If you find you get flat spots and power surges after your upgrades you should check the fuelling and try a higher octane fuel as well. To get sufficient fuel you may need to uprate the injectors on your engine. If you've uprated your fuelling with bigger injectors you will also need to get a bigger fuel pump to supply it.

Intake and Exhaust Tuning.

Now we move on to the intake and exhaust and ensure proper flow through the engine.

Contrary to popular belief there is generally a small if any power gain to be had by fitting an induction kit, they only become beneficial and are recommended after you increase the engines power to the point where the standard air intake box cannot cope!

For most Jazz engines TorqueCars would suggest you just go with a washable panel air filter. On heavily tuned engines and turbo vehicles an induction kit will help release the power providing you address the problem of supplying cold air.

Do not go with the biggest exhaust you can get this will reduce the exhaust flow rate - the best for power gains are usually between 1.5 to 2.5 inches. It is the shape and material more than the bore size.

gas flowing the head will allow you to maximise your air/fuel charge. Leave this to a professional though with a proper flow bench and machine tools

In nearly all cases of Jazz tuning your clutch will start to slip and this should be improved - read our overview on clutches for more information. Remaps offer significant power gains on all turbo charged cars. On NASP engines the benefits are doubtful.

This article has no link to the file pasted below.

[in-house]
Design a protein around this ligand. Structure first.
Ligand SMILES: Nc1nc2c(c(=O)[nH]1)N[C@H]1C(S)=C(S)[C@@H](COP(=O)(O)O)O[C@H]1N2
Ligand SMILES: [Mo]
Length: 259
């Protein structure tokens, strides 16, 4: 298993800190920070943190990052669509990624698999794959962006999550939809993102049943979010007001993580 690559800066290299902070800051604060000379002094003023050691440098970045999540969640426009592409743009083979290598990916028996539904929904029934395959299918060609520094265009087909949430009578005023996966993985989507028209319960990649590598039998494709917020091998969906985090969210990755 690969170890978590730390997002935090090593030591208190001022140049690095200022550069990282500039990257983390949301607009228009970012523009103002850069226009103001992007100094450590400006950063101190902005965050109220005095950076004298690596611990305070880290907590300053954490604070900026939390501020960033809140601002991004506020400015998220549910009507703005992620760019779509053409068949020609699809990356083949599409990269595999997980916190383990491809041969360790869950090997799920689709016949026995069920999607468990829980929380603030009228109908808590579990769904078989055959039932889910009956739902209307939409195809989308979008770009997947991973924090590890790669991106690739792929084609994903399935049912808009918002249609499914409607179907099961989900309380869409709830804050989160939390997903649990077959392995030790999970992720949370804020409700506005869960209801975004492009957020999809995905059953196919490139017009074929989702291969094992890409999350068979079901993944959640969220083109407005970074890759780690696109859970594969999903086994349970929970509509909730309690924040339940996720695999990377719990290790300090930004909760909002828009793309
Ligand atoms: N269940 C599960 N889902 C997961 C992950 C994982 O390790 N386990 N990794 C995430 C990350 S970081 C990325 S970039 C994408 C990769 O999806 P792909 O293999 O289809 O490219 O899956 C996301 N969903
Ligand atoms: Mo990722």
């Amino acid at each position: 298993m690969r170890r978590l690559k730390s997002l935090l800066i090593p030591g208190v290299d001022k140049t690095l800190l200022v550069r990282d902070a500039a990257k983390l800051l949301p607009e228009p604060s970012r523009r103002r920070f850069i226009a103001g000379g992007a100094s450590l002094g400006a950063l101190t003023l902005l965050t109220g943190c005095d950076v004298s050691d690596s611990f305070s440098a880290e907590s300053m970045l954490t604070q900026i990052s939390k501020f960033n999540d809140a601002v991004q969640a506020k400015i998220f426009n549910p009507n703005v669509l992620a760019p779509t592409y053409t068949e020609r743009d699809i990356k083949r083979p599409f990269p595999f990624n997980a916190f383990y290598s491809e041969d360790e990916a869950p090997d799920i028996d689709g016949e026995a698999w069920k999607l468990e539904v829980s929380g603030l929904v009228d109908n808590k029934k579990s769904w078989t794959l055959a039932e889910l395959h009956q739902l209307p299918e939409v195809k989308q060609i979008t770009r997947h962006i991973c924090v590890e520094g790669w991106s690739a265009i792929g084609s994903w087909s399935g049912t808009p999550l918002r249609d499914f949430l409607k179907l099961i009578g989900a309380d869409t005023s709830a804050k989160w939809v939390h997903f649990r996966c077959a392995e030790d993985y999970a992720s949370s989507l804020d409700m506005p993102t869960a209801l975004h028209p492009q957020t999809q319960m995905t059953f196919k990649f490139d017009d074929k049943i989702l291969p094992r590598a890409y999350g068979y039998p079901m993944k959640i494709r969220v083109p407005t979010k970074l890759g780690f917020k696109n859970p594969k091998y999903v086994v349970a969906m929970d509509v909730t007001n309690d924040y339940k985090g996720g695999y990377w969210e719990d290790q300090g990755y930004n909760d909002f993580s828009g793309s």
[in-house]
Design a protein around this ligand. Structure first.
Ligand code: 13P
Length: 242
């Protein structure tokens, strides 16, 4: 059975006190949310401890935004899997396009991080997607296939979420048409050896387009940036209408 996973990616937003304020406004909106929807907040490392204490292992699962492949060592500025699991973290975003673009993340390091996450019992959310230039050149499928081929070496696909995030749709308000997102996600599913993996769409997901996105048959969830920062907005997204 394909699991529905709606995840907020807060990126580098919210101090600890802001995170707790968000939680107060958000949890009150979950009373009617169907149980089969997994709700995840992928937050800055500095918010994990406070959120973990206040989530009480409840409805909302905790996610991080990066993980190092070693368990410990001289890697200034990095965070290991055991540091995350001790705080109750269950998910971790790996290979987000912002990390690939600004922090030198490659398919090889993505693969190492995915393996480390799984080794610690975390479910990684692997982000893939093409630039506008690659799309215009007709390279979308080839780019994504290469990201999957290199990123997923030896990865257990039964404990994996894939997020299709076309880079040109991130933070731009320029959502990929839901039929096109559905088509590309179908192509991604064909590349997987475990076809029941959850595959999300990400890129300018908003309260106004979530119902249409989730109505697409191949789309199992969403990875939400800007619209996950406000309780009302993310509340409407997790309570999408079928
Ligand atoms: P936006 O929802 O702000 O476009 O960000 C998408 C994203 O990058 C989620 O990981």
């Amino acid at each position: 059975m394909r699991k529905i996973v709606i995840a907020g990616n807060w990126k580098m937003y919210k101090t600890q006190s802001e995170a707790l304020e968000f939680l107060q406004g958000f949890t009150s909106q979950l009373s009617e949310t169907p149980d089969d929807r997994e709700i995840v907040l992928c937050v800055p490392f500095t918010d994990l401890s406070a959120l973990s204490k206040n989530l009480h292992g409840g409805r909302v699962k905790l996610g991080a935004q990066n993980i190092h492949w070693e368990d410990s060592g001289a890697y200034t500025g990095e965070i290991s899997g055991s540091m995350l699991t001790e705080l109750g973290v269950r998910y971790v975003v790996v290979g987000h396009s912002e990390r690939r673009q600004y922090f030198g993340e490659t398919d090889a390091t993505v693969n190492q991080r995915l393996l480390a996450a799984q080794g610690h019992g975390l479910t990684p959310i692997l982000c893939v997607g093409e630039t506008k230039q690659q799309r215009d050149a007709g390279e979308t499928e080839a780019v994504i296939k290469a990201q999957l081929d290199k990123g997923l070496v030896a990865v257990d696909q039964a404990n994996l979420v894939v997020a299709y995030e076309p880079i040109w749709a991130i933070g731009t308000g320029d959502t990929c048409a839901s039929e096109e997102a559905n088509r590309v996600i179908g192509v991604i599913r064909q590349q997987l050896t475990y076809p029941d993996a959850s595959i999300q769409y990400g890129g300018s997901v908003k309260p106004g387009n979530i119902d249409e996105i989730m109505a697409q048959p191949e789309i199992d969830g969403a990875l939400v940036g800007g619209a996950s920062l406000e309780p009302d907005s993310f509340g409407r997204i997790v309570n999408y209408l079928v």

However a flashed ecu on a NASP engine will help unleash the potential if you have done a lot of mods. The most significant power gains for NASP engines usually involve the addition of forced induction. Superchargers are generally easier to add than turbos. Turbos increase power in increasing proportion to increasing engine speed and this can make mapping difficult.

Superchargers, however will give a boost which is directly proportional to engine speed so is simpler.
Decreasing the engines compression ratio will allow you to add forced induction, water injection may also help prevent detonation.

Alloy wheel upgrades.

Alloy wheels can help the brake cooling and are usually less heavy than the steel ones. The drawback to large alloys on your Jazz is that you're changing your effective final drive ratio so this will have a negative effect on acceleration and performance.

For this reason we would advise sticking to a maximum wheel size of 16 inches, although we know some of our members have gone larger than this with no problems.